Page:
Shooting couples is like portraiture with an extra dynamic – relationship. Having been trained in television I’ve seen many a director at work cajoling the very essence of a plot out of the actors. Passion to pain all come easily into shot with the right cast and a great director. When I’m shooting pre wedding photographs or weddings themselves the love is not an emotion to be conjured from deep within, it is there right under the surface. It is my job to capture it at it’s most acute and in as natural a way as I can. Let me share with you some of my secrets and techniques. Singapore-boudoir_0015

Because the couples I shoot are in love there is no acting to be done. It is real heartfelt emotion and that comes fairly easily. Do the shots still need directing? Yes absolutely. The process is quite straightforward. I look after the lighting, exposure, backgrounds and the location before I start to direct the action. This process is hands on and it needs to be. The results may look reportage at times but they are all directed. By the way, the backgrounds are nearly always irrelevant. You can shoot pictures like this anywhere.

I shoot close ups to capture love. I take control by bringing the couple together and creating a pose. I speak to them in hushed tones often saying seemingly ridiculous things like “Feel the love” and “Enjoy the moment”. This process is only made possible by having established a good rapport and trust.


Pictures like these have a magical quality because the couple are in an intimately close proximity and they share each others personal space. The couple exude tenderness and love often without even making eye contact with each other.

There is absolutely no eye contact with the camera in loving close ups like this. It’s all about the couple and not about the photographer.


Another thing most of these pictures have in common is my subjects heads are tipped towards each other. I use this head position as a visual clue to indicate approval and acceptance.  I then direct an expression to illustrate anything from contentment, to amorous intent. That’s the fun bit – putting a narrative into a picture.


This level of direction and intervention is not for every photographer but if you have a go you might just love the results as much as I expect your subjects will.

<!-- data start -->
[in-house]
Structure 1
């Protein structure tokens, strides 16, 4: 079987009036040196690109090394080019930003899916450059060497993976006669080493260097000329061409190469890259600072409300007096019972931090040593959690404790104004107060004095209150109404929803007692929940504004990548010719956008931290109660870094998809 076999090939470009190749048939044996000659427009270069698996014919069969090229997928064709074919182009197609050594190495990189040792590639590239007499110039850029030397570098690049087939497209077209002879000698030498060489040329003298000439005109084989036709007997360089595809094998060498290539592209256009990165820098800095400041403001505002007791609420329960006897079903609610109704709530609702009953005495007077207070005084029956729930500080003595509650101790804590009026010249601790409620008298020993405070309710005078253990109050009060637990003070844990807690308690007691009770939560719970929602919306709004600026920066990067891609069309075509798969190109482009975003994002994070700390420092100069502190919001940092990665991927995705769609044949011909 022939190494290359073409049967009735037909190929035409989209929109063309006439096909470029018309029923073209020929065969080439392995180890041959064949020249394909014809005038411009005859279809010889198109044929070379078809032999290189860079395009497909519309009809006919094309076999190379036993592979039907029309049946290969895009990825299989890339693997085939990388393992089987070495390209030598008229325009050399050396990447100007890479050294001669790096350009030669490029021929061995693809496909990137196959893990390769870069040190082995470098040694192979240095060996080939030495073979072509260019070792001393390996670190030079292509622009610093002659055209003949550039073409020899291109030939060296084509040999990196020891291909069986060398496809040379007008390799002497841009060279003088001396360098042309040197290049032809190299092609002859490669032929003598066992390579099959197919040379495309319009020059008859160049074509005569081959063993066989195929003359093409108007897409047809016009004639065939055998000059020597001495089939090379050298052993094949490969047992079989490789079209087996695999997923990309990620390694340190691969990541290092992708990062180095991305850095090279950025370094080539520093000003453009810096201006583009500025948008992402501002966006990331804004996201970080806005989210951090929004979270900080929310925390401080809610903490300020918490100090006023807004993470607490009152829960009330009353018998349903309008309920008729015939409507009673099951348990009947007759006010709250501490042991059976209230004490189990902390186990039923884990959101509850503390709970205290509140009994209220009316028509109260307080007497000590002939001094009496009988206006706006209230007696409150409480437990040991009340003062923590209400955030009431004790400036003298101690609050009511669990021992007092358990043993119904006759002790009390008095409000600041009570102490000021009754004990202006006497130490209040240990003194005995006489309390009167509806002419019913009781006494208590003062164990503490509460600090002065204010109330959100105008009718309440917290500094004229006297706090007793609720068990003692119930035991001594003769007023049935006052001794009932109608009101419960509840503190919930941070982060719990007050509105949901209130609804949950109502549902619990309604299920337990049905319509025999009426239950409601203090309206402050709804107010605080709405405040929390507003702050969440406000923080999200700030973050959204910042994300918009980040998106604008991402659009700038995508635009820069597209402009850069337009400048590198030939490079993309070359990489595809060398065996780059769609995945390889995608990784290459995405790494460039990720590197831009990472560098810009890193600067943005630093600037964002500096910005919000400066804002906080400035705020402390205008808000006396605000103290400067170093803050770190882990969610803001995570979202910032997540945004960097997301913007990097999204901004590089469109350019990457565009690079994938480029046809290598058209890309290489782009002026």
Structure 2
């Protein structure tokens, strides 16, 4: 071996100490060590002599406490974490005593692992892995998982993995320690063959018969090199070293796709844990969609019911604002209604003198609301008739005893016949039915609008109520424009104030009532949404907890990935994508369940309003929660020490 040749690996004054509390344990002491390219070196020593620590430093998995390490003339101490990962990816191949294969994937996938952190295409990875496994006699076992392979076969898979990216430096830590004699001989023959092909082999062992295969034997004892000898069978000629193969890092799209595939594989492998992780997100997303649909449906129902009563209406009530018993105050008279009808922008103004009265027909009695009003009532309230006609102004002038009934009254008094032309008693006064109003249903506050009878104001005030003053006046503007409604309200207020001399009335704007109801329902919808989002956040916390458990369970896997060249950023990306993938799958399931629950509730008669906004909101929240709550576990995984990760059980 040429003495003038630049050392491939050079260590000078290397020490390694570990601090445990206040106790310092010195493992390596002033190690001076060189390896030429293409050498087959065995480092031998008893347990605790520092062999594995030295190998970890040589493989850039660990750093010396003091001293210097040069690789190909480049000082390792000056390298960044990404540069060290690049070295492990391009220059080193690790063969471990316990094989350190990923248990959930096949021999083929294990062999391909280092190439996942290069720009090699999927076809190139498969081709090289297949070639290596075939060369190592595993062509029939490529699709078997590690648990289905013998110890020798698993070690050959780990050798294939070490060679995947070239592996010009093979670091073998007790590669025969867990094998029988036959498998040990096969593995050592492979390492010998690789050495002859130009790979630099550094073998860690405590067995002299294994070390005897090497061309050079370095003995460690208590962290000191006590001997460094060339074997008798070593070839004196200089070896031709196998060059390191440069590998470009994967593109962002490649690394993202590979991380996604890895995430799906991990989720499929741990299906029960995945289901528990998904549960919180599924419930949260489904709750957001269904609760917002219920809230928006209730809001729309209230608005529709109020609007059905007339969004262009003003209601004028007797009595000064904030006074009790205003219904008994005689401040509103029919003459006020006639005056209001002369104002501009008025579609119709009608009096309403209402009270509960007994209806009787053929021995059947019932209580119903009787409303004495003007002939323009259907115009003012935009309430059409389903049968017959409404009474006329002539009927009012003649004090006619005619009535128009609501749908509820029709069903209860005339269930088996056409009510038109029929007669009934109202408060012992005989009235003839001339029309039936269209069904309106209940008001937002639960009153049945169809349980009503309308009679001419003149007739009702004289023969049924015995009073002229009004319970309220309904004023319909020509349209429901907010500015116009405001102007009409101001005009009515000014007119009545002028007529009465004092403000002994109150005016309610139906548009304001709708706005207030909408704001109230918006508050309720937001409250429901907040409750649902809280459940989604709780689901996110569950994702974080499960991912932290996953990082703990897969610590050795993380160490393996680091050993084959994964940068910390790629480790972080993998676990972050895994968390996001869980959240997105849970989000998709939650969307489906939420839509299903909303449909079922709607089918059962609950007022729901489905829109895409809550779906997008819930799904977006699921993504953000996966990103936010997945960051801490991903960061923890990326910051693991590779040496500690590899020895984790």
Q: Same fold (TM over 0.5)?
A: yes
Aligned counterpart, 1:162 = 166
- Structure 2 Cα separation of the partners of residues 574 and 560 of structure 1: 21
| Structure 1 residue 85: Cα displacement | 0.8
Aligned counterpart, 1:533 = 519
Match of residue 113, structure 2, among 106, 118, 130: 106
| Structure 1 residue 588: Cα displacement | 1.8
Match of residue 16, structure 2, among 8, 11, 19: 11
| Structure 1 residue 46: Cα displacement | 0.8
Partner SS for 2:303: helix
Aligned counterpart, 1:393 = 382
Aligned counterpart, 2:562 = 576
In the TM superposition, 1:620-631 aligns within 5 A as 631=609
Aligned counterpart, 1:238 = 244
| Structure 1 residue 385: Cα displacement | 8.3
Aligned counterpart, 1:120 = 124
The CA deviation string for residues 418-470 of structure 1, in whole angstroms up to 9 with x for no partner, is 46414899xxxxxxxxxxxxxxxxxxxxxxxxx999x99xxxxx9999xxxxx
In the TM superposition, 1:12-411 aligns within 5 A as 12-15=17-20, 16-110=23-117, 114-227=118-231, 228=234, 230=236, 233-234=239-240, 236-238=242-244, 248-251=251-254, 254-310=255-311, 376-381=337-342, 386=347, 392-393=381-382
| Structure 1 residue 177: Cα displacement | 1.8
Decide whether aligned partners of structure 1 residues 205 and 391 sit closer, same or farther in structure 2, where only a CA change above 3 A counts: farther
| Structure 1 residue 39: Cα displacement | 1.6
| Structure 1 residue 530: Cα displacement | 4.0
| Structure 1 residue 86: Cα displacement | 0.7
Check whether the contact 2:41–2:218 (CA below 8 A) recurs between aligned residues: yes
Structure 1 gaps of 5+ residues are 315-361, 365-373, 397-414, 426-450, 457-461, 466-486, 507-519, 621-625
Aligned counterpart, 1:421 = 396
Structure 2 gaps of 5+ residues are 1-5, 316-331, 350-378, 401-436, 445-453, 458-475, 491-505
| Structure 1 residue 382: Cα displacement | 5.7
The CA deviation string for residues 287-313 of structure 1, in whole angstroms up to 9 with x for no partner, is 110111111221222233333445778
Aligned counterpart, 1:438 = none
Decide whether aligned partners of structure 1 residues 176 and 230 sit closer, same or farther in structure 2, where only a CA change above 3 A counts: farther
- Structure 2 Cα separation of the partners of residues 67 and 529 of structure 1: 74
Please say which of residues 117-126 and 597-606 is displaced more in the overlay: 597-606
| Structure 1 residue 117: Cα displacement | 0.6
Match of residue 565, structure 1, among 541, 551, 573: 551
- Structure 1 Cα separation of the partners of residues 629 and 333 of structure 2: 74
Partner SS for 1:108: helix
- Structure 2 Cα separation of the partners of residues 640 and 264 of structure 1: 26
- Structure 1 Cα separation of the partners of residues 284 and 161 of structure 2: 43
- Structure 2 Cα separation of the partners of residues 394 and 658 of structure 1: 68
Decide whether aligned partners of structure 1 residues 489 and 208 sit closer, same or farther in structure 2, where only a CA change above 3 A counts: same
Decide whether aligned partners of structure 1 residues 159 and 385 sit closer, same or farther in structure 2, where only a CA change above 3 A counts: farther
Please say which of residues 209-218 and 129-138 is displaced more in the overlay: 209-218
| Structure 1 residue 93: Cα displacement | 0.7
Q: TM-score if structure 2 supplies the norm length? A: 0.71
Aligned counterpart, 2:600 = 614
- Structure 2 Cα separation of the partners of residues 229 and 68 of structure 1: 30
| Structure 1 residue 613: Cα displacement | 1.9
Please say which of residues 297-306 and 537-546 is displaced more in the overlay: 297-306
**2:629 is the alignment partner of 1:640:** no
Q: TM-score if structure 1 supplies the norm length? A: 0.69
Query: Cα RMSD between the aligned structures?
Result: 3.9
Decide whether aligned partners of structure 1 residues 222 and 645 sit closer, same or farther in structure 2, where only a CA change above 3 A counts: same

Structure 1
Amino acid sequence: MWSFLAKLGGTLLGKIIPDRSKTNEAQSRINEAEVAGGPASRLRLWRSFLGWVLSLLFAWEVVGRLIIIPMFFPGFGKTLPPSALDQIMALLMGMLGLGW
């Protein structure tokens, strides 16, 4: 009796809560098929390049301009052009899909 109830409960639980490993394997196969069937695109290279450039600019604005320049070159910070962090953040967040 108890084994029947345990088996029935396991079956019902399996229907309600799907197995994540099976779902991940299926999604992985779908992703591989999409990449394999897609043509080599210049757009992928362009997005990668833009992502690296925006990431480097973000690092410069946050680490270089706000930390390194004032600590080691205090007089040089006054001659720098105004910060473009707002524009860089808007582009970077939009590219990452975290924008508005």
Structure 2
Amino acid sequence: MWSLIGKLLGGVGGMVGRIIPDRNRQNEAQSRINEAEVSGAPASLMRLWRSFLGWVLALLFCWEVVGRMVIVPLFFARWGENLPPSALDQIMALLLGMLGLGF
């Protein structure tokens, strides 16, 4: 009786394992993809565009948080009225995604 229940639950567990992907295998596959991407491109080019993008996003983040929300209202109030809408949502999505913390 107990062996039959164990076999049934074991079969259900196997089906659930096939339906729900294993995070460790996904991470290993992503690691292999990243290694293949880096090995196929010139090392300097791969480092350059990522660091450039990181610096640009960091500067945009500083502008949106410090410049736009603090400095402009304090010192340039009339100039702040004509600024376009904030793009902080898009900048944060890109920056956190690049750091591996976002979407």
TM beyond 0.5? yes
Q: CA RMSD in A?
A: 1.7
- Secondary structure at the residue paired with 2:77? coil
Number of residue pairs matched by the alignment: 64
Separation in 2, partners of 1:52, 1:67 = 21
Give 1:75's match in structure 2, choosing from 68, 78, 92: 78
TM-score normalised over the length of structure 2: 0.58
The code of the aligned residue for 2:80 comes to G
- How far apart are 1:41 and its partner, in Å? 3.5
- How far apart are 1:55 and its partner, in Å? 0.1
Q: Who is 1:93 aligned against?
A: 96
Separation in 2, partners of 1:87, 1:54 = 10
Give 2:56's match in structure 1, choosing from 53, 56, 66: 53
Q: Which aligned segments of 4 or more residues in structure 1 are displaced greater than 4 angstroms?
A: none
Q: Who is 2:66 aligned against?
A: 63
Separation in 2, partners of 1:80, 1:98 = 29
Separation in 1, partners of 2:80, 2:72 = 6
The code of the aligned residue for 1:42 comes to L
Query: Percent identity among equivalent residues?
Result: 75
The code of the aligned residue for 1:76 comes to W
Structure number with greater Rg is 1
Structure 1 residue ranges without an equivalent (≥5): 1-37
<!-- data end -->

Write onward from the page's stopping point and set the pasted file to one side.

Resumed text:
It is nothing new to say the moment just before the kiss is the one to shoot, not the kiss itself, but it does need saying none the less. Eyes closed is another golden rule for the ‘just about to kiss’ shot.

Next time you head out to photograph a couple think about adding in a few big close ups like these to the mix. It may well take your set of images to another level.

In my next post I’ll show how to shoot a sequence of wide and tight shots of a couple with just one lens. I’ll give you ideas for poses you can shoot with the simplest of equipment. It’s all about the photograph. Stay inspired!

Damien Lovegrove


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Join the conversation! 10 Comments

  1. Really nice post and simple explanations. Some of the couples are more natural than others (the first 2 especially) but the poses and effects are lovely. How close are you to the subject? Great work. Laura

    • Thank you Laura for your kind words. I am using a 100 mm macro lens and working from 150cm right down to 75cm for the tighter shots. I usually like to work a little further from my subject and my next lens purchase is likely to be the fabulous Sigma 150mm macro with the all important image stabilisation. In my next article I’ll show how I use just one lens to capture wide/ full length and tight couples images. These more intimate pictures make up just one part of a complete pre wedding or engagement shoot.

      Kindest regards,


      • I didn’t think you could use a macro lens for portrait work! That’s a piece of learning for me. Thanks

        • Hi Laura,

          Macro lenses make excellent portrait lenses. My advice is to use a macro lens between 85mm and 150mm with image stabalisation or vibration reduction. As well as the Nikon 105mm VR macro and the Canon 100mm L macro Sigma make a stunning 150mm macro. Obviously other systems have similar lenses. Sometimes the minimum focus distance of a 70-200mm lens is not quite close enough to capture pictures like these.
          Kindest regards,


  2. Wow! I’ve never heard of photographing couples taught like this. Thank you Photofocus for bring new talent to the mix. Mr. Lovegrove has a new fan in me!

    • Thank you Jamie, I’m here to share new ideas and picture styles with you guys. This is the first of three features I’m writing on photographing couples. All of them are unique in their own way. Your kind words are very much appreciated.


  3. Fabulous tips Damien. I do so admire the way you capture the expressions between the couples. And, I fully agree with your comments about ‘directing the shot’; chancing it to pure reportage/documantary style shooting at a live wedding/engagement session seems far too chancy to me. The trick as you so clearly articulate and demonstrate is to make it look natural.


    • Thank you David,

      I tried to shoot a wedding by pure reportage once at the request of the couple but the groom was with his mates and the bride was with her friends for most of the drinks reception. If I had not intervened I’d have been left without a really good bride and groom sequence. Reportage done well is amazing. I’ll leave it to the experts.

      Regards and respect, Damien.

  4. Reblogged this on ALIENSDONTSLEEP and commented:
    Nice inspirational article


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Inspiration, Photography, Portrait, Shooting, Wedding